International Tax Review is part of the Delinian Group, Delinian Limited, 8 Bouverie Street, London, EC4Y 8AX, Registered in England & Wales, Company number 00954730
Copyright © Delinian Limited and its affiliated companies 2023

Accessibility | Terms of Use | Privacy Policy | Modern Slavery Statement

China: A closer look at tax administration reform and accelerated APA process

Sponsored by

Tax administration reform is high on the agenda

Lewis Lu of KPMG China considers tax administration reform in China, which is high on the government’s agenda, with milestones set for every year up to 2025.

Tax administration reform over the next five years

Following high-level announcements at the March meetings of the Chinese legislature (the 'Two Sessions') the Chinese government has been issuing a series of notices on the details of various tax reforms over the next five years.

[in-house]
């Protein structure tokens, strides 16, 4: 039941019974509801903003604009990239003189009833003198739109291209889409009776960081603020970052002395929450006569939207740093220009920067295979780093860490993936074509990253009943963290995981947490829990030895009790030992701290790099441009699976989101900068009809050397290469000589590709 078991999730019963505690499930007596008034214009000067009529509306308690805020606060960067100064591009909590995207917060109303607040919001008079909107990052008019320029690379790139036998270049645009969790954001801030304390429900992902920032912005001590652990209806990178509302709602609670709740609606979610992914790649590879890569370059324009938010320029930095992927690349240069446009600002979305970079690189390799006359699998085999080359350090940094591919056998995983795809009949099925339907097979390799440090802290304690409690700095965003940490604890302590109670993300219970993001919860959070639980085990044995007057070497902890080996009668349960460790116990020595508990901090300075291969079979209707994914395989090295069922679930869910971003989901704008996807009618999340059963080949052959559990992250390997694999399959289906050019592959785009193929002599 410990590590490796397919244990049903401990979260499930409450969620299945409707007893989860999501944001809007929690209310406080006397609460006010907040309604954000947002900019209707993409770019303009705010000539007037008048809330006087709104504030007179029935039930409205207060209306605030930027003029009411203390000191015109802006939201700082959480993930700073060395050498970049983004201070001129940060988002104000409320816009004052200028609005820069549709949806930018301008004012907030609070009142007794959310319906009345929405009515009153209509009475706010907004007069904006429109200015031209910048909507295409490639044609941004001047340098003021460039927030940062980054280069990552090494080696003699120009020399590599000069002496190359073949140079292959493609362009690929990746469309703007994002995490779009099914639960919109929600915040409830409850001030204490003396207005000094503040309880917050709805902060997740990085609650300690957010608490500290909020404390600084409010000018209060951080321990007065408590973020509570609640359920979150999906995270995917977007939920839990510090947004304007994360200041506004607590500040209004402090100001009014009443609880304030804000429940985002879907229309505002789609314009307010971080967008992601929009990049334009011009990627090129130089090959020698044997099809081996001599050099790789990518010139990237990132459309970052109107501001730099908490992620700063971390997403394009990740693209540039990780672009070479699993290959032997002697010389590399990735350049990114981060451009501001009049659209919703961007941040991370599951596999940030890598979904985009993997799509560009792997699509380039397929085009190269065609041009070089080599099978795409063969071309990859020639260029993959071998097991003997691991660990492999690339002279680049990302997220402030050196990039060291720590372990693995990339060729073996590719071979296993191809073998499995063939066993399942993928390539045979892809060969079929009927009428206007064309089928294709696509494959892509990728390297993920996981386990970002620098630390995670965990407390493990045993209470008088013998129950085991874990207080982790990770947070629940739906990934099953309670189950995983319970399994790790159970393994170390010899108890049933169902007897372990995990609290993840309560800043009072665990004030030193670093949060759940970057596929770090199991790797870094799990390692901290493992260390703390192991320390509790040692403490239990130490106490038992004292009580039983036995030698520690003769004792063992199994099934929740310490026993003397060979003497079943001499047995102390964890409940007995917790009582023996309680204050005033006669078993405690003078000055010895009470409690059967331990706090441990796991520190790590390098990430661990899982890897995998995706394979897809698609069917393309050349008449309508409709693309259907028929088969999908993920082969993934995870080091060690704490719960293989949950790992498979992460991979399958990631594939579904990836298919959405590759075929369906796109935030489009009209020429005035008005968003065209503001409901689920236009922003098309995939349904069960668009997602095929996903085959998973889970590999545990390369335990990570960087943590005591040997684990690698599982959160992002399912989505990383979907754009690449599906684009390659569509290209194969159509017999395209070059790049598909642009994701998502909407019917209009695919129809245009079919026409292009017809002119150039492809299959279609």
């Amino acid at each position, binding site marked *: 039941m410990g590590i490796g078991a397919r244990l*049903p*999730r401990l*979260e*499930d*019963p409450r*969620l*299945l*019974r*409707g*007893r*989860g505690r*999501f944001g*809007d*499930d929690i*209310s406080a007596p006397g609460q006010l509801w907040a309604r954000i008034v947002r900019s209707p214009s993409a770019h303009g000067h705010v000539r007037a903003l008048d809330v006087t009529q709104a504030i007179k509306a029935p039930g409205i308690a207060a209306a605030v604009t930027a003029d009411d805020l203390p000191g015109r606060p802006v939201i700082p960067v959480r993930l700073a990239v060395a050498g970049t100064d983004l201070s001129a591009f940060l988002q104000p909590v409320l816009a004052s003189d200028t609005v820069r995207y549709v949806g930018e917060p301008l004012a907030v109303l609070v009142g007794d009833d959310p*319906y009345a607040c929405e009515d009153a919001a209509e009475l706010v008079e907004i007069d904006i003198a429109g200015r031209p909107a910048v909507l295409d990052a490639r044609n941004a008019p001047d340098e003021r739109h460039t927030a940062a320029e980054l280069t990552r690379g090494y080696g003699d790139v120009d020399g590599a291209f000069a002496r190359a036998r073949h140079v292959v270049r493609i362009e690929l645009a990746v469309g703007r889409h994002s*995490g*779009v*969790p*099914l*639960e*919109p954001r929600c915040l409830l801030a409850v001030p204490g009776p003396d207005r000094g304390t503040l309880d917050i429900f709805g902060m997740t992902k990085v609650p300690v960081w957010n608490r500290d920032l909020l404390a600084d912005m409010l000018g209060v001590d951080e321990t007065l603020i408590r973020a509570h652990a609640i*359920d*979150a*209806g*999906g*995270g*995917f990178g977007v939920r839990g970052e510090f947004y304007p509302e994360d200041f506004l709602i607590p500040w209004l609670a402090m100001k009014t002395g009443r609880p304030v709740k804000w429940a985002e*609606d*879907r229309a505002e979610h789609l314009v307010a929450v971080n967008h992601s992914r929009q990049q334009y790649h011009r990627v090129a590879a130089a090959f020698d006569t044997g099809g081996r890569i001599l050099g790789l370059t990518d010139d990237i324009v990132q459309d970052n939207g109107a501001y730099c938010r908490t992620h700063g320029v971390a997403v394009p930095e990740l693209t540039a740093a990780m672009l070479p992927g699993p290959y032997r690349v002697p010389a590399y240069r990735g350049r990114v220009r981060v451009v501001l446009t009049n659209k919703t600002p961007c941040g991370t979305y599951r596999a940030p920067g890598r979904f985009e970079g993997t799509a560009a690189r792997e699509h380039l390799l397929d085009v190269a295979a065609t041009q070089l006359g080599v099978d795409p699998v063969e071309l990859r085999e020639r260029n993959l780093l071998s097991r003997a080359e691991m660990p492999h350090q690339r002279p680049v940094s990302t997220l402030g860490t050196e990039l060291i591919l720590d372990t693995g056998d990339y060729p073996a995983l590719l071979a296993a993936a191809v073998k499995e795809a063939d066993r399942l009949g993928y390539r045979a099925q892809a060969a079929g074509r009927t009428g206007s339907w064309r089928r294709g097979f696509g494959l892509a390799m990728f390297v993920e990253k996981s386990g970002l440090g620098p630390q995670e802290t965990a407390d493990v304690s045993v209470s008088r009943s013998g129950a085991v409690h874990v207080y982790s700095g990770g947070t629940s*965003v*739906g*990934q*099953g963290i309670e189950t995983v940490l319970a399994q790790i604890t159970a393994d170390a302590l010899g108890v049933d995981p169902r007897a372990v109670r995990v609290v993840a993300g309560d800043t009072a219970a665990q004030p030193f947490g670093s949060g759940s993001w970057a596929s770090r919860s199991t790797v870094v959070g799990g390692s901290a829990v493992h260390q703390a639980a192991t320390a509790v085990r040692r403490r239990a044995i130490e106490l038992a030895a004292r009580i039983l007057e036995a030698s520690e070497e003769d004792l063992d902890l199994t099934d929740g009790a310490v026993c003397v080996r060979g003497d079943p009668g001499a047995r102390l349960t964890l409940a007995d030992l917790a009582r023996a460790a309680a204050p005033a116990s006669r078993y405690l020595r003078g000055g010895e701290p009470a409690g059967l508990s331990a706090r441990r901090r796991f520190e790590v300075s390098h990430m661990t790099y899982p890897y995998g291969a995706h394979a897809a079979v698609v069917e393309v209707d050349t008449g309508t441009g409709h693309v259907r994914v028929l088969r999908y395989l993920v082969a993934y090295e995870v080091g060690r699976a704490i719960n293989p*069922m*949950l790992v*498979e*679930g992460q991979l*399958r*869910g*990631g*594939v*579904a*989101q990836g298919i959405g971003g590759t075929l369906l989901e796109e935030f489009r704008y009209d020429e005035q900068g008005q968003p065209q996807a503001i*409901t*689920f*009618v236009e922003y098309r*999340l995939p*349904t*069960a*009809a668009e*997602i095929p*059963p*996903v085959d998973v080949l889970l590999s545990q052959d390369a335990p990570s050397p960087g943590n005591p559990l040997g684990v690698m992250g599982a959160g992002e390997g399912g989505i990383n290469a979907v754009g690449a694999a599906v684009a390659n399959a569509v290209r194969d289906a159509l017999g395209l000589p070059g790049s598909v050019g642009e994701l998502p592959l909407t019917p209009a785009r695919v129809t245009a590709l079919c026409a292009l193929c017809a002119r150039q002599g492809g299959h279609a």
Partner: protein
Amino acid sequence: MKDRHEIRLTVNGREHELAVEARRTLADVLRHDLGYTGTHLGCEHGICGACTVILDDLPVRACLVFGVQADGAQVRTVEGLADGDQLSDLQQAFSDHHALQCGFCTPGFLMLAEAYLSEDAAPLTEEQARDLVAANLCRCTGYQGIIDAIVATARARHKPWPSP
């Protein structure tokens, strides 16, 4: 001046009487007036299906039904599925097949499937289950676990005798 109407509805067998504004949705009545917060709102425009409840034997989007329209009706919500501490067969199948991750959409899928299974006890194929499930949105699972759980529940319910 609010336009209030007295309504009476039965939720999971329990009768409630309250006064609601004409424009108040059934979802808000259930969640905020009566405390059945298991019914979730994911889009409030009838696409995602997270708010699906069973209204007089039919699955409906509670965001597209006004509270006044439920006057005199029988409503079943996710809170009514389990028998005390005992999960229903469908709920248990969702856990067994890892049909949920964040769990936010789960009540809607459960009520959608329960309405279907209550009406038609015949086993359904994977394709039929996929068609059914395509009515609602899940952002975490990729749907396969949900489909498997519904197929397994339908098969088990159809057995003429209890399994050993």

Tax administration reform is high on the agenda, with milestones set for each of the years up to 2025, in particular: 

  • New systems to leverage vast quantities of taxpayer data to provide tailored and customised tax services to individual taxpayers, in the place of the existing undifferentiated services;

  • Steps to enable all corporate and individual tax matters to be dealt with online, reducing the number and frequency of tax payments by integrating several taxes into single filings;

  • Simplifying tax incentive application procedures, with further moves to self-assessment; and

  • Tax administrative processes that rely less on paper tax invoices (termed ‘fapiao’) as the central tax administrative documents. Instead, taxpayer data feeds are to drive administrative processes to a greater extent. This will interlink with further enhancements to the credit assessment system for taxpayers.